As their attraction heats up, Sacha finds herself spending less time with her violin and more time with this exciting guy who makes her feel things she’s never imagined. Her plans for her violin-virtuoso future - and her self-confidence – are shattered when she screws up the audition for a prestigious summer music program. Failure isn’t something she’s had to face before, so when Dylan asks her to spend her vacation with him in the city, she lies to her parents, pretends she won a place in the summer school, and secretly moves in with Dylan. She’s expecting romance, music and passion, but when she finds herself playing second fiddle to Dylan’s newly acquired drug habit, she realizes despite what the songs say, sometimes love isn’t all you need.
Desperate to understand what’s competing with her for Dylan’s affections, she joins his band and does drugs with him -- just once. But once become twice, three times, and more. As the band's popularity grows, so do the pressures and her drug use escalates. If Sacha can’t figure out how to leave the band, and Dylan, she’ll lose herself and her own music forever.
Kate Larkindale (love the author pic!)
She is the author of contemporary YA novels The Sidewalk’s Regrets, An Unstill Life and Stumped along with several others that no one is allowed to see. Yet. She has also written one very bad historical romance, which will likely never see the light of day. She is working on several more YA novels that may or may not ever be finished.
Her short stories have appeared in Halfway Down The Stairs, A Fly in Amber, Daily Flash Anthology, The Barrier Islands Review, Everyday Fiction, Death Rattle, Drastic Measures, Cutlass & Musket and Residential Aliens, among others.
Find her blog HERE
1. Tell me about your book in your own words.
It’s a very personal story, based on what I’ve observed happening to far too many bands and musicians I’ve cared about over the years. It’s alarming how many of the same mistakes people make…
It’s about a talented violinist, Sacha, whose world is completely rocked when she meets Dylan, the guitarist in a rock band. When her plans for her future don’t pan out exactly as she saw them unfolding, she throws everything into loving Dylan – sharing everything she has, including her music. In return, he shares his newly acquired drug habit. As things start spiralling out of control, Sacha discovers that despite what all the songs say, sometimes love isn’t all you need.
2. Is there a message you wish to convey with this book?
You know, while I was writing it, I didn’t think I was trying to convey any kind of message. It was only later, once I was going through the editing process that I realized how many messages I’d thrown in there. There’s one about addiction, and how anything can become additive if you let it – a feeling, a person, an activity. And then there’s one about not letting someone you care about become your sole focus. Just because you love someone, doesn’t mean you have to become them or even be with them all the time. You can still be your own person with your own dreams and talents and ideas. And finally, there’s the hardest one for anyone to learn: sometimes you can’t stay with someone even when you do love them. Sometimes love can be destructive or stifling or holding you back from being what you are meant to be. Recognising when a relationship can’t continue is difficult, and leaving someone you love deeply even more difficult, but sometimes it’s the only way to survive.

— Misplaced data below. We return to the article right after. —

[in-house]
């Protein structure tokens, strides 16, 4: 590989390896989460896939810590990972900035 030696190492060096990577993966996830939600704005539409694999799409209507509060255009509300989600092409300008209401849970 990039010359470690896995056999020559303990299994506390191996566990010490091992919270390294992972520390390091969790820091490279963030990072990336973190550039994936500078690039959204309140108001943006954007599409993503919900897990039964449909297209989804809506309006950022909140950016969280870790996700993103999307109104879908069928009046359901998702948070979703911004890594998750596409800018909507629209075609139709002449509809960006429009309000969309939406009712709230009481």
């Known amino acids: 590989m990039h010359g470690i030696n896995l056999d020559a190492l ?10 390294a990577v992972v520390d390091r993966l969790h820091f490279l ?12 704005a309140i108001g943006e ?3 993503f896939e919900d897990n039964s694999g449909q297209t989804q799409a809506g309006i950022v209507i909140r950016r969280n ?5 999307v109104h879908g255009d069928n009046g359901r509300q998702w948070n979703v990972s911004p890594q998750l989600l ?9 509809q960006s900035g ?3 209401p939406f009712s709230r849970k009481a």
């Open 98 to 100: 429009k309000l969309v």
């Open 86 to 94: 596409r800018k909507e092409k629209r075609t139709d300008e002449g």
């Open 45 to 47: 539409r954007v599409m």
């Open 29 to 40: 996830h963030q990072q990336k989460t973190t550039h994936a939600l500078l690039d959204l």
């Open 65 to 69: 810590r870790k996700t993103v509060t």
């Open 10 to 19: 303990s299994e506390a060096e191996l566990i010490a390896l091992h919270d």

3. Tell me about your writing process.
I’ve written 14 novels now, and the process has been slightly different for each of them as I’ve discovered things that work for me and things that don’t. Basically I’m what they call a ‘pantser’, in that I don’t outline before I start writing. I often don’t even start writing at the beginning of the book. Usually I have one scene that’s desperate to be written, so I write that and see where it takes me. I usually also have a pretty good idea of an ending, so I write that too, so I have somewhere to aim for. And then I fill in the rest. It’s not a process that will work for everyone, but I don’t think there is any ‘right’ way to write a novel.
4. What advice would you give to up and coming authors?
Just write. Don’t think about publishing while you write. Just write the book you want to read and enjoy it. You can worry about the rest when you’re done. And by done I mean written, revised, revised again, critiqued, revised, beta-read, revised and polished. Writing a first draft is just the first step, but it’s the most important one. So get your butt into that chair and write.